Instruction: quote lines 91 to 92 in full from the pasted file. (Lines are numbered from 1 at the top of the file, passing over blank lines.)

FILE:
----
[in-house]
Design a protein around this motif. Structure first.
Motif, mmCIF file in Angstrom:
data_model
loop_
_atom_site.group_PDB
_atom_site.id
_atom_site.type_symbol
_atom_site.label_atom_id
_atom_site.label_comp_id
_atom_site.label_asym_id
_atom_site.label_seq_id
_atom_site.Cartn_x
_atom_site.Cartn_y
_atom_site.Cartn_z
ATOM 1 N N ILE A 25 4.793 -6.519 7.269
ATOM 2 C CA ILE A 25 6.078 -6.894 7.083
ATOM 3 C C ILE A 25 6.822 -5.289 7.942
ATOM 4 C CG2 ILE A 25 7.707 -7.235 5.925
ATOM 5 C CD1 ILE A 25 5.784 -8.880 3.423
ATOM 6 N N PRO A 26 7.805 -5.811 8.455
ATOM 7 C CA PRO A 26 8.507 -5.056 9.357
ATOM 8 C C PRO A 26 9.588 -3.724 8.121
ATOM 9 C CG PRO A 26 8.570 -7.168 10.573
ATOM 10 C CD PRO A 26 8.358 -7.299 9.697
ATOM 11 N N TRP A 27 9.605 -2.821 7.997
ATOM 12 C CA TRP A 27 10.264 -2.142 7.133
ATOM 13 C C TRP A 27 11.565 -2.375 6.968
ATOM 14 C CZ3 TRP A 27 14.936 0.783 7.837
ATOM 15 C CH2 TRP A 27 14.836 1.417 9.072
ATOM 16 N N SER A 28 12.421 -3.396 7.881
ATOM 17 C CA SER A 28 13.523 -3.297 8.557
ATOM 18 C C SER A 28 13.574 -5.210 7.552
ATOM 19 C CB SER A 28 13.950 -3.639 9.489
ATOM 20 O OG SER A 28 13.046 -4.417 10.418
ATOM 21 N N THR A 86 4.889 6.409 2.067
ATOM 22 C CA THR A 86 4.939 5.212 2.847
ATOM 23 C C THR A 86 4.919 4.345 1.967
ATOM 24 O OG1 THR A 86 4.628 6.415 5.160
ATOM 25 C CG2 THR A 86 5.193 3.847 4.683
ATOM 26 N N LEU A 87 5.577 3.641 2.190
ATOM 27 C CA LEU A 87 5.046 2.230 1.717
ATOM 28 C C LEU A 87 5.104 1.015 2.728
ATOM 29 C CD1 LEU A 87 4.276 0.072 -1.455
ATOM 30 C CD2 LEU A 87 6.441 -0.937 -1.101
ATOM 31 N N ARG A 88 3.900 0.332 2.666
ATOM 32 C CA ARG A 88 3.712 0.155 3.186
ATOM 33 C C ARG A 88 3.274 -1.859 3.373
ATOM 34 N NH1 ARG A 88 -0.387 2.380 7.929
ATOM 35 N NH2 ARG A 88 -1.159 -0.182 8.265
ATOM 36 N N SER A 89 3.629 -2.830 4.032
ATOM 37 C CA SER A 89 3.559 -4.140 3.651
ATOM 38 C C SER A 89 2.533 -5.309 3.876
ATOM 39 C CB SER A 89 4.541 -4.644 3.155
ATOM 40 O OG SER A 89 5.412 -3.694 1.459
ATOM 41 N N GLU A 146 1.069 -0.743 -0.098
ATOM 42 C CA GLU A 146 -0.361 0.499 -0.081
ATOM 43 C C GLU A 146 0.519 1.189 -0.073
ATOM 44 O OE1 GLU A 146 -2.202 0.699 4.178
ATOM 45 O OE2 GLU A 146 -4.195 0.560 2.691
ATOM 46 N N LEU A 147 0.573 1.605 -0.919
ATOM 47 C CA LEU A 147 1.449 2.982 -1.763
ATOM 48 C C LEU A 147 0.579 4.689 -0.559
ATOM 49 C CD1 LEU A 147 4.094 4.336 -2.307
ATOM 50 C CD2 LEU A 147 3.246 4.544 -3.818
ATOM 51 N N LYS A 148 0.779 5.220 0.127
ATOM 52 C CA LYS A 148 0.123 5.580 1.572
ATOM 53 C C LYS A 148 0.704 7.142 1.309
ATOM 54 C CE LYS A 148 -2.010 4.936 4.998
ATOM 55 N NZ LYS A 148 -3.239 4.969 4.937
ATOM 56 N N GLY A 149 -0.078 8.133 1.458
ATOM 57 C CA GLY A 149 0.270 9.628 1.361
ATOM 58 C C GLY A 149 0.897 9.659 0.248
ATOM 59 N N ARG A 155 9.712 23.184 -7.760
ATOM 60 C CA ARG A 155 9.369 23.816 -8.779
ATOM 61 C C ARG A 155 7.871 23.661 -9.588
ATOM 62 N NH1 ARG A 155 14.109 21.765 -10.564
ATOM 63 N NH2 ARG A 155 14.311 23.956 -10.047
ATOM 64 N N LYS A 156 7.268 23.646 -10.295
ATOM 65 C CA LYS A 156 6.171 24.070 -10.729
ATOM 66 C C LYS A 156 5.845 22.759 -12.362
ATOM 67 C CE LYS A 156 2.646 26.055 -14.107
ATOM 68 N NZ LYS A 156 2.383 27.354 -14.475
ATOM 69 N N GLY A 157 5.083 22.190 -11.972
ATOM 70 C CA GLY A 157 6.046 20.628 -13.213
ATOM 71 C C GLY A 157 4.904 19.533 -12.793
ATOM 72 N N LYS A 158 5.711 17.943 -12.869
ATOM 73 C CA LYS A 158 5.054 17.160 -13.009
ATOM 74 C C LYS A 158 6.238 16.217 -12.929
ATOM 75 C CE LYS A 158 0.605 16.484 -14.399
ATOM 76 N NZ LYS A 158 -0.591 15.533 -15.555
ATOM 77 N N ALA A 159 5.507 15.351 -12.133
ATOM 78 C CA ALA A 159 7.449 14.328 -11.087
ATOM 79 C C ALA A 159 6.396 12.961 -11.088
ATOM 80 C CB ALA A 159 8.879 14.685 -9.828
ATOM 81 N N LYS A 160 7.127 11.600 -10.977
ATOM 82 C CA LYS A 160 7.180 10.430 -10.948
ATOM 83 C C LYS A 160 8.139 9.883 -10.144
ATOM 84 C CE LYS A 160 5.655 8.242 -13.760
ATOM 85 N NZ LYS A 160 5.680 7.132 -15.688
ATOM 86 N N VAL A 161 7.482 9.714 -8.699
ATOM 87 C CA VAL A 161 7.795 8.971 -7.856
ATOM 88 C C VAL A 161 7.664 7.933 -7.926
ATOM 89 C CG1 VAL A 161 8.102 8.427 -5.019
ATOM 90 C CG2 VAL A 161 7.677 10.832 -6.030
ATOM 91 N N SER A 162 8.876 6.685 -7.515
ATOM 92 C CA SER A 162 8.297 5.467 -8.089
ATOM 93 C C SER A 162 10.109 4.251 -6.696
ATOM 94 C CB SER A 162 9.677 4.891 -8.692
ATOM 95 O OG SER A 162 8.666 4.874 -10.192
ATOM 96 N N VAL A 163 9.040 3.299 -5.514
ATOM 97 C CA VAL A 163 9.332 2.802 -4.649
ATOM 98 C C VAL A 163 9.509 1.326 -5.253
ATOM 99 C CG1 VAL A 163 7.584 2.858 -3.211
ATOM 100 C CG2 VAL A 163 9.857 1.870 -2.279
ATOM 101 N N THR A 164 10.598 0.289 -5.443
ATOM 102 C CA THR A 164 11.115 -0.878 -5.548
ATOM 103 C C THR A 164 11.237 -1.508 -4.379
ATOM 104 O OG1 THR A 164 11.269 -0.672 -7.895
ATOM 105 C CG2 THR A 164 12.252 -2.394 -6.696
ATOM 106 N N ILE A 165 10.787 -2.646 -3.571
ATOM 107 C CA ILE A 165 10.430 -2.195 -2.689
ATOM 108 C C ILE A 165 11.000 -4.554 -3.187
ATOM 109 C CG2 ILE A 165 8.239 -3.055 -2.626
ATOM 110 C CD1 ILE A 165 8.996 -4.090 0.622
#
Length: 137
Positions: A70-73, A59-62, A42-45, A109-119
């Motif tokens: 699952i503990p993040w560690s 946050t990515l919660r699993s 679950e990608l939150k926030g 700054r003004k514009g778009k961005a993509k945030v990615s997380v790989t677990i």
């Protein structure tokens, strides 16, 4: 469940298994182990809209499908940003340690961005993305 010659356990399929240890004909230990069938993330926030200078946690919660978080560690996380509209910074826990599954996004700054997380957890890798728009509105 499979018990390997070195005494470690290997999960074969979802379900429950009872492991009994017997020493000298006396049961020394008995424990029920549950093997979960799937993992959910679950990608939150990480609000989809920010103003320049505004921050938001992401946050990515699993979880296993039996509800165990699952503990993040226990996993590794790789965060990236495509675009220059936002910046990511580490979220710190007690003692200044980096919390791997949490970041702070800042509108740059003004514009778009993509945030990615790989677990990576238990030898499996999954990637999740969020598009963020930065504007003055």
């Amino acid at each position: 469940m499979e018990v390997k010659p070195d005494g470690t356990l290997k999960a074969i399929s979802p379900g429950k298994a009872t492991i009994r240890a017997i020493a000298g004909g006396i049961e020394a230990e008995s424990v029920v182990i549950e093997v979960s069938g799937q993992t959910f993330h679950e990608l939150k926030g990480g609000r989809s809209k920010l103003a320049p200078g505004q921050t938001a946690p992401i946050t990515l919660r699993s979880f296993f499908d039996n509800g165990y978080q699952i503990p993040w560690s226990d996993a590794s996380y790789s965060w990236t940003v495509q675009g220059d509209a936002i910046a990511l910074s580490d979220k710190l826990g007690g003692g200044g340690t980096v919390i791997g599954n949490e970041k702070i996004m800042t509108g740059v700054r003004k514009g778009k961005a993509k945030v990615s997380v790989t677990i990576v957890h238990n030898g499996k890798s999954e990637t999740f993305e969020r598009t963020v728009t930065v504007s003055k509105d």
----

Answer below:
ATOM 76 N NZ LYS A 158 -0.591 15.533 -15.555
ATOM 77 N N ALA A 159 5.507 15.351 -12.133